Plenty of economists need to trade their cloudy crystal balls for a new model that hopefully will give them a clearer view of the economic future.

Of course, it's hard to blame many economists for warning that a recession was just around the corner and might even already be upon us. After all, America has been enjoying the longest peace-time economic expansion in the nation's history - and nothing lasts forever. Besides, there's no shortage of problems besetting the economy just now.But the encouraging news this week about the performance of the economy should help put those problems - including higher oil prices, higher taxes, and rising unemployment - in clearer perspective.

We're referring to the news that the nation's total output of goods and services - the broadest measure of America's economic activity - jumped an unexpected 1.8 percent in the third quarter on strong consumer purchases of cars, vans and trucks.

This development contradicts those who have been insisting that the country is already in a recession or about to enter one.

It's also hard to square this development with reports that the confidence of consumers, who account for two-thirds of the nation's economic activity, has dropped to levels not seen since the recession of 1981-82.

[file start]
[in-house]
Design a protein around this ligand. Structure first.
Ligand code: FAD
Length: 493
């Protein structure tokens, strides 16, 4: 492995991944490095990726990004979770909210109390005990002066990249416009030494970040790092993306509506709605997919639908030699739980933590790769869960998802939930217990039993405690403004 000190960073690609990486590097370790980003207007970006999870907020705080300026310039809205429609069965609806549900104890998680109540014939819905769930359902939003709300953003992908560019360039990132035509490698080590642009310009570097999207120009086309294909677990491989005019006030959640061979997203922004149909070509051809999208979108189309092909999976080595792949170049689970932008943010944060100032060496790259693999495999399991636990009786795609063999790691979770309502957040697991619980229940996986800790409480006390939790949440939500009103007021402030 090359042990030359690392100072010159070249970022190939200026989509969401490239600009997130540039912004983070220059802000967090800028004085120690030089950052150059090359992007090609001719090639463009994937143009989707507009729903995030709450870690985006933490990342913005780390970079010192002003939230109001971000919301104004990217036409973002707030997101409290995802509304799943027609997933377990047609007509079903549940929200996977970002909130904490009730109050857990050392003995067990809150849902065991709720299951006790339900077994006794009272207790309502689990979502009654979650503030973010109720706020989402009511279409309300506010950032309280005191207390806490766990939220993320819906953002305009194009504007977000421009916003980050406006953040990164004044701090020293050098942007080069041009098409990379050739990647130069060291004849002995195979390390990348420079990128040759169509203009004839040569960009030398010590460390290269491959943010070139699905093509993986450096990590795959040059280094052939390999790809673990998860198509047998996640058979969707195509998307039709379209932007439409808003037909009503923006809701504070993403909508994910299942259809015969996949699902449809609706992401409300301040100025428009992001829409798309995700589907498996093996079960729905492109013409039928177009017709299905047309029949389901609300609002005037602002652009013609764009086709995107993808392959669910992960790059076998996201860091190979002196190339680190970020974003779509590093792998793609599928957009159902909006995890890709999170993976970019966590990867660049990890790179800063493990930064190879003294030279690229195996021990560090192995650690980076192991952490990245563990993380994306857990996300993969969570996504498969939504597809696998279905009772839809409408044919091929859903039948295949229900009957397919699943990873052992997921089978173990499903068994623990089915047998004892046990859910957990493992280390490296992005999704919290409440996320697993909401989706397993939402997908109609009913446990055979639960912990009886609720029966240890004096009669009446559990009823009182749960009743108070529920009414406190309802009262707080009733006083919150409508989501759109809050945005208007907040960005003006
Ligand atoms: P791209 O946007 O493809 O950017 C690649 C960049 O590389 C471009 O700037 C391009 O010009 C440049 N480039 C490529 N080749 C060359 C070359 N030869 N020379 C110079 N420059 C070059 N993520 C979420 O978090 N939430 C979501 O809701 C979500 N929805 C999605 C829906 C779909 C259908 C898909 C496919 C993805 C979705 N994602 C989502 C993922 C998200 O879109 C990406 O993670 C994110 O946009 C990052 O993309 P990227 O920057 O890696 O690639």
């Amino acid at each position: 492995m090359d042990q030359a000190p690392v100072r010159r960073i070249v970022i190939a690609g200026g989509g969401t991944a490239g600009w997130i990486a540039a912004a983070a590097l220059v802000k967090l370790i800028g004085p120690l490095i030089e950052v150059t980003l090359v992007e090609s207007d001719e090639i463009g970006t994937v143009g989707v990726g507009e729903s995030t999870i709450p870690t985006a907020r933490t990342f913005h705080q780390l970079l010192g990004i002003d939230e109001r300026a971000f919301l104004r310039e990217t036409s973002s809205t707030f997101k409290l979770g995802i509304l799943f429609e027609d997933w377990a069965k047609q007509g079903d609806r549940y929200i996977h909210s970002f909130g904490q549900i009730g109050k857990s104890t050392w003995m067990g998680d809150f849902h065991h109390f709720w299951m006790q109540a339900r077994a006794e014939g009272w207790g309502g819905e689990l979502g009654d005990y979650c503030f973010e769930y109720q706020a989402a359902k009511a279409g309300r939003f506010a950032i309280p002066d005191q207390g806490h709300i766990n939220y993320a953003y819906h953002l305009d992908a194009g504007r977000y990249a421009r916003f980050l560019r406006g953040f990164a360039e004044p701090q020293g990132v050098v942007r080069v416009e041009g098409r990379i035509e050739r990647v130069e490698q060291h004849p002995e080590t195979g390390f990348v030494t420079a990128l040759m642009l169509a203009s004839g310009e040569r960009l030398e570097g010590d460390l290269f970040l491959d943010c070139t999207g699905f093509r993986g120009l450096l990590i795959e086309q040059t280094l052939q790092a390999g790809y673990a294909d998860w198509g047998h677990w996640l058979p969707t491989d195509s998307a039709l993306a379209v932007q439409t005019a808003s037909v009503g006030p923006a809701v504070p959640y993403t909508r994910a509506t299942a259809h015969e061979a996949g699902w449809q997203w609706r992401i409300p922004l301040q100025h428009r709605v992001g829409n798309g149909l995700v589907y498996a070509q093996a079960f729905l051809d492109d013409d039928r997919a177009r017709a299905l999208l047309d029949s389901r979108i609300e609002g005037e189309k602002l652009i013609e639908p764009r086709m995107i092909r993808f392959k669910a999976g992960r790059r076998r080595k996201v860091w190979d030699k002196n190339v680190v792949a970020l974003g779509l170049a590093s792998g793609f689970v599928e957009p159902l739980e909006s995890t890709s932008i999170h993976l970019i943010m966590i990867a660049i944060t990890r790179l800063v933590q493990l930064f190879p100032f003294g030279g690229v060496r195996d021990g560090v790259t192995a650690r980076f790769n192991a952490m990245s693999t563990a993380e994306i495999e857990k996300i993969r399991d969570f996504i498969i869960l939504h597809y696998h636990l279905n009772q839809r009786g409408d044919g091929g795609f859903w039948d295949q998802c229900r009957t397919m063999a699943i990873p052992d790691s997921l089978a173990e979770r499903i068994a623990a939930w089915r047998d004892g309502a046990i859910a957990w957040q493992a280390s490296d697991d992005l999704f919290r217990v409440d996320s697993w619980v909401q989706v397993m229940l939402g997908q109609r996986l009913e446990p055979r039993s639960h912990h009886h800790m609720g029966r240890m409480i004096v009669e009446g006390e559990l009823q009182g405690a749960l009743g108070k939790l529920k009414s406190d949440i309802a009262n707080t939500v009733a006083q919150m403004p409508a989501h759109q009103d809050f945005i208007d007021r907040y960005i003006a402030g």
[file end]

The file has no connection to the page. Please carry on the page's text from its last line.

Let's hope consumers are more confident than some economic pulse-takers have been saying because, if Americans aren't careful, they could talk themselves into a recession. Though mass psychology is no substitute for economic fundamentals, there's always a danger that pessimism about the economy can become a self-fulfilling prophecy by needlessly drying up consumer spending.

But it's a mistake to underestimate the underlying strength of the American economy. As a recent case in point, remember the stock market crash of October 1987? Remember how it spawned widespread predictions of a deep recession? And remember how far off the mark and how short-lived those dire predictions were?

Admittedly, anyone who wants to worry about the future can find plenty of reason for doing so - ranging from the threat of war in the Persian Gulf to the latest display of ineptitude in Washington.

But this resilient nation has bounced back before. What's more, judging from the way Americans are producing more goods and services than expected, we may already be in the process of bouncing back again.